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A Poem is


A poem
is a May day
dawning clear.
It’s an August thirst
quenched by
a cold, cold beer.

It’s ghost stories
told by campfire light.

It’s hot chocolate
shared on a winter’s night,
when a moon
blooming pumpkin bright
scatters diamonds
over fields pristine white.

But a poem is more than this.
It’s the sweet mystery
of loves first kiss,
an aching tenderness,
moments of euphoric bliss.

It’s sunlight dancing
through the leaves
of birch,
of beach,
of maple trees.

Its children’s laughter
on Christmas morn.
Its holding your baby
that’s just been born.

It’s the perfume of roses
on the wind.
It’s the beginning of life
and also the end.

And if you dare
to close your eyes
a poem will take you
far and wide,
on a mystical, magical
carpet ride,
from Eldorado’s
fabled streets of gold,
to the Artic wastes
where the wind blows cold.

It will take you
where whales
swim deep,
and to mountain caves
where bigfoot sleeps.

It will take you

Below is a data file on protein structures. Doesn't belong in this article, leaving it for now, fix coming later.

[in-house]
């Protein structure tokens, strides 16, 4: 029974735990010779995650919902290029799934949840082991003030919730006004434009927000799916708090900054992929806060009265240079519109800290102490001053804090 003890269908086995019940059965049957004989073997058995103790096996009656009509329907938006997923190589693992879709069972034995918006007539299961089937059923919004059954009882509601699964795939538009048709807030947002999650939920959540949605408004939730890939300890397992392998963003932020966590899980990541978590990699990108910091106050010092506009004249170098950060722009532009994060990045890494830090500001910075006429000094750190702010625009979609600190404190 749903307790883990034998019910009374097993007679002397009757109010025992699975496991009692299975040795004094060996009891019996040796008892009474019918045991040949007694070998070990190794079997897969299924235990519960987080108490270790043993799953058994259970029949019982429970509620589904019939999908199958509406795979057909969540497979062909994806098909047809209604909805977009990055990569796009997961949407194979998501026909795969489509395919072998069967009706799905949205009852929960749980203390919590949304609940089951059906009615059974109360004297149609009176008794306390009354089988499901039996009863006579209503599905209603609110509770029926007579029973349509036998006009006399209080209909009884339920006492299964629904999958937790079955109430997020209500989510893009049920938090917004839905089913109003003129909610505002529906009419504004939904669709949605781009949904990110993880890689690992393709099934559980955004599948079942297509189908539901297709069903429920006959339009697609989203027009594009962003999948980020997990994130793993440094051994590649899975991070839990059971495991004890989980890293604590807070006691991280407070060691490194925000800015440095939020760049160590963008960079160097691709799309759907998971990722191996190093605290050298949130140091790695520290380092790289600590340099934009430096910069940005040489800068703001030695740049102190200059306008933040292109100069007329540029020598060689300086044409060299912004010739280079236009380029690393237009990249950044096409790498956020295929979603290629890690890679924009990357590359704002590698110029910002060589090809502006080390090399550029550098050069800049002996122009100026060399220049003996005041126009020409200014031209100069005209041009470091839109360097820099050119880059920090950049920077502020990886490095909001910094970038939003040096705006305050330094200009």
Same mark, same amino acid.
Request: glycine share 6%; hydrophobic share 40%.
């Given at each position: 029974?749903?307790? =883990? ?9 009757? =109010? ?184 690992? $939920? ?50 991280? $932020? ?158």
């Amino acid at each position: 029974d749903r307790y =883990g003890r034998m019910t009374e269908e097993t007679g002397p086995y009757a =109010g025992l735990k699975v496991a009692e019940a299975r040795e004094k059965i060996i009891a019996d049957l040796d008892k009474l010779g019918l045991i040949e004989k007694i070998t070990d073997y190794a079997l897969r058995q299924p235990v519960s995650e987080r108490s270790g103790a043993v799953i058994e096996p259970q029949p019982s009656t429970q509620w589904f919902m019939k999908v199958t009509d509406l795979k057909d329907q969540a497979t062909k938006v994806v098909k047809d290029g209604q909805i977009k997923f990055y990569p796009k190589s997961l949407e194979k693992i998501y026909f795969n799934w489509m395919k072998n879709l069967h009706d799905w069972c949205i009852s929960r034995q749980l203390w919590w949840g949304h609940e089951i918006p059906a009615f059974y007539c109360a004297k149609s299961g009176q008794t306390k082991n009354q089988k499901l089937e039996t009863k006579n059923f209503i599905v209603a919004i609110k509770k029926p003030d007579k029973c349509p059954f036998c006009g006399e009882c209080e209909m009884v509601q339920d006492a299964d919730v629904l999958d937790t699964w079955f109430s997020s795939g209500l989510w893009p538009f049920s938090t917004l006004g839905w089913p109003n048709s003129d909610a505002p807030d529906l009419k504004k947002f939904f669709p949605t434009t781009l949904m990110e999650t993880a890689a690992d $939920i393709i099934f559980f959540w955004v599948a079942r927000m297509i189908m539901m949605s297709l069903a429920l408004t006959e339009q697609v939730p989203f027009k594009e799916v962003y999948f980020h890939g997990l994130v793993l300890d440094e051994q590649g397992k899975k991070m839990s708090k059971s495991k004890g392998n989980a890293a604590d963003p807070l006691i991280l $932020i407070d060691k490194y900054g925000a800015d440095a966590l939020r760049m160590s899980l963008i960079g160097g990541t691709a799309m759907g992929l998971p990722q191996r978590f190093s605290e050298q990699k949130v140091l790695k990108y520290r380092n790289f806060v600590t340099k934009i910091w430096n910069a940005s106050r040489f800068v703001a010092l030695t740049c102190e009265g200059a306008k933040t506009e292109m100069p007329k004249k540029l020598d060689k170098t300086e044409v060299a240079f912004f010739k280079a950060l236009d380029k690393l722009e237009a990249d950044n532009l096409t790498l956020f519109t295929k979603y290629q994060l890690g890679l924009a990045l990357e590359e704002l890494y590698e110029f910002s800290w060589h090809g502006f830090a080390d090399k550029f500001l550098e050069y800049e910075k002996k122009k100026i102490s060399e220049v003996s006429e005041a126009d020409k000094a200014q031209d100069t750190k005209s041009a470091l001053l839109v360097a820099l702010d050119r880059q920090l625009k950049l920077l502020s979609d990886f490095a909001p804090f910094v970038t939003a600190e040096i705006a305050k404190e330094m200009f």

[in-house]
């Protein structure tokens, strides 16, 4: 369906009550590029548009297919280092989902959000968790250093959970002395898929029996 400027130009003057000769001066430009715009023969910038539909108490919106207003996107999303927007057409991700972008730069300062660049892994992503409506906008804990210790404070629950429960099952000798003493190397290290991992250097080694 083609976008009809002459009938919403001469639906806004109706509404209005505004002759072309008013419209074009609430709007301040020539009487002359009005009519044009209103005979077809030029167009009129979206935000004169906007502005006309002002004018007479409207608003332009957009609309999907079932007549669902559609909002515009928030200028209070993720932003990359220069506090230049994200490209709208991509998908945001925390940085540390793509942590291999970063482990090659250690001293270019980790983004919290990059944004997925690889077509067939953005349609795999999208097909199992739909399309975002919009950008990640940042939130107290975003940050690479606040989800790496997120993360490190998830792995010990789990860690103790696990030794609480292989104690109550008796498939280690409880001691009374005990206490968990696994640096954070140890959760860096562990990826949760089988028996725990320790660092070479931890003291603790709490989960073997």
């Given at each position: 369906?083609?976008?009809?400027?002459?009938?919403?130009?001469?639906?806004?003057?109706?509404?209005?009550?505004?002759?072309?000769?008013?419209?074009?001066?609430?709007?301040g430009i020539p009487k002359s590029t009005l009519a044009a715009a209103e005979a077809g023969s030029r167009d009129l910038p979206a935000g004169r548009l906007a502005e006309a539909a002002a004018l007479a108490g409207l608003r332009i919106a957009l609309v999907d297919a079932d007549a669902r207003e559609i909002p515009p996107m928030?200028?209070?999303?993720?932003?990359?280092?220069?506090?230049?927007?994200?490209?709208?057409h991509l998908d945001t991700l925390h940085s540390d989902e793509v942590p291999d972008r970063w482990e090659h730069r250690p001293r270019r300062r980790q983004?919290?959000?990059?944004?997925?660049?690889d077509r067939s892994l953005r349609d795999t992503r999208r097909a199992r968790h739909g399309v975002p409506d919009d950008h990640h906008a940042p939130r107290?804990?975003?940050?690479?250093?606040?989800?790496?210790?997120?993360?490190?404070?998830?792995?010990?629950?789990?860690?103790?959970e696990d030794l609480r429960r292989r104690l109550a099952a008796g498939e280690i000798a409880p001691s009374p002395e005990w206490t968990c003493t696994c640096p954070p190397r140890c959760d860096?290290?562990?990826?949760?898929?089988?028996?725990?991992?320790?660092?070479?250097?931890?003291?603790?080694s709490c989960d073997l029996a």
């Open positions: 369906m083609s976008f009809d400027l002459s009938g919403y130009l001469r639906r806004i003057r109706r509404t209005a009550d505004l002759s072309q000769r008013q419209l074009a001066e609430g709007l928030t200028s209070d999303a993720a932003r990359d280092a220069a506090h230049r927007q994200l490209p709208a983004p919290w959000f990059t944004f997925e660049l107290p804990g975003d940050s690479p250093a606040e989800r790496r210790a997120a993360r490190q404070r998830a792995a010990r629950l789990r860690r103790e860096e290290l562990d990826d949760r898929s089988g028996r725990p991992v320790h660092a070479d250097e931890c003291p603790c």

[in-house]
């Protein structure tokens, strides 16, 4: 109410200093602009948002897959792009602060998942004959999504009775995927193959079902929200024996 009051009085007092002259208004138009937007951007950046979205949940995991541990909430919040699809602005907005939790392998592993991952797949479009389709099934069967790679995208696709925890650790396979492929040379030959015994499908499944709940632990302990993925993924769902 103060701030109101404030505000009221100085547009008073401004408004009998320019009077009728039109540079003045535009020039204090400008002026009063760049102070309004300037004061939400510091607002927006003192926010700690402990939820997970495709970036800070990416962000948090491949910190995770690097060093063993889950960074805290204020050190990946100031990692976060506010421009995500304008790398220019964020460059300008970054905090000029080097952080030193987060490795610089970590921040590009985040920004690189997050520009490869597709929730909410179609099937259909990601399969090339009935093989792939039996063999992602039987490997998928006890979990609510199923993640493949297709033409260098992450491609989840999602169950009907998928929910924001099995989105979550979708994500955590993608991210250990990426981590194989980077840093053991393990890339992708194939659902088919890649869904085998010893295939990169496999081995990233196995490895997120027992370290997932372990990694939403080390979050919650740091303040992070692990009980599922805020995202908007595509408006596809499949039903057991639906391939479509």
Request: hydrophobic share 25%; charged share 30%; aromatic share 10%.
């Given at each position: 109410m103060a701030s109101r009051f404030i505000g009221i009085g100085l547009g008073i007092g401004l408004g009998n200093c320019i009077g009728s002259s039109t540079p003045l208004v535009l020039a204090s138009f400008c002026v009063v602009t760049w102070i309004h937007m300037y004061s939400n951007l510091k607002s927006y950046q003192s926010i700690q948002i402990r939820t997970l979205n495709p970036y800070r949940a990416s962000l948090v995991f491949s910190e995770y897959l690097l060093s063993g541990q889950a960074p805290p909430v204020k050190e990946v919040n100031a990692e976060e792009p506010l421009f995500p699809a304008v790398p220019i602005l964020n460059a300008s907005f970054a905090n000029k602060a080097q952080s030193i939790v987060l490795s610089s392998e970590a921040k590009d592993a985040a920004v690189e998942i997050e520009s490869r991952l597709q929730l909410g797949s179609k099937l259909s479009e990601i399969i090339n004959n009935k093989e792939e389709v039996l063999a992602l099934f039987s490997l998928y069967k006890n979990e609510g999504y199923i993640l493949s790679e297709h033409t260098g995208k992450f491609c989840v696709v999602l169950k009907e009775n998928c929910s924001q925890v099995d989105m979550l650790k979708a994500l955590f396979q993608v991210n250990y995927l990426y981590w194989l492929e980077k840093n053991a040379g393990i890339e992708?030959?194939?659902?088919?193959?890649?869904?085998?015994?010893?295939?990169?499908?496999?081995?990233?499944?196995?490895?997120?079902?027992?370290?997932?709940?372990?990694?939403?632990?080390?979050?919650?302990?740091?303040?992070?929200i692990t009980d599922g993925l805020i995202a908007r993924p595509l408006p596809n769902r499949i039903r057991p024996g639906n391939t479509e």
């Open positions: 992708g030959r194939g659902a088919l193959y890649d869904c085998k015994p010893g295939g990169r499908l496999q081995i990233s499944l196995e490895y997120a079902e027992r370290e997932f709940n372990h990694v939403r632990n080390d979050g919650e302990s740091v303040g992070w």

to rain forests
where rare orchids bloom
where lemurs and monkeys,
swing high, swing high
in the green canopy’s gloom,
that pierces the bowl
of a summer’s sky.

It will take you
from fishing
in a quiet stream
to your old rocking chair,
where you can rest,
sleep and dream.

About the Author
We must never look down upon those who dare to sing a song different than ours, because it only matters that we all sing in harmony. It is the singer not the song that is important, for within the great song of life we all have our own song to sing, and this we must be true to. Imagine for a moment if you will what it would be like if an elephant tried to sing the whale’s song.

Born during the second world war, John William Rice lives and writes in Northern Ontario.

From my book, “A Pocket Full of Poems,” subtitled, “Gardens of my Soul,” now on Amazon. Coming soon, “Serendipitous.”

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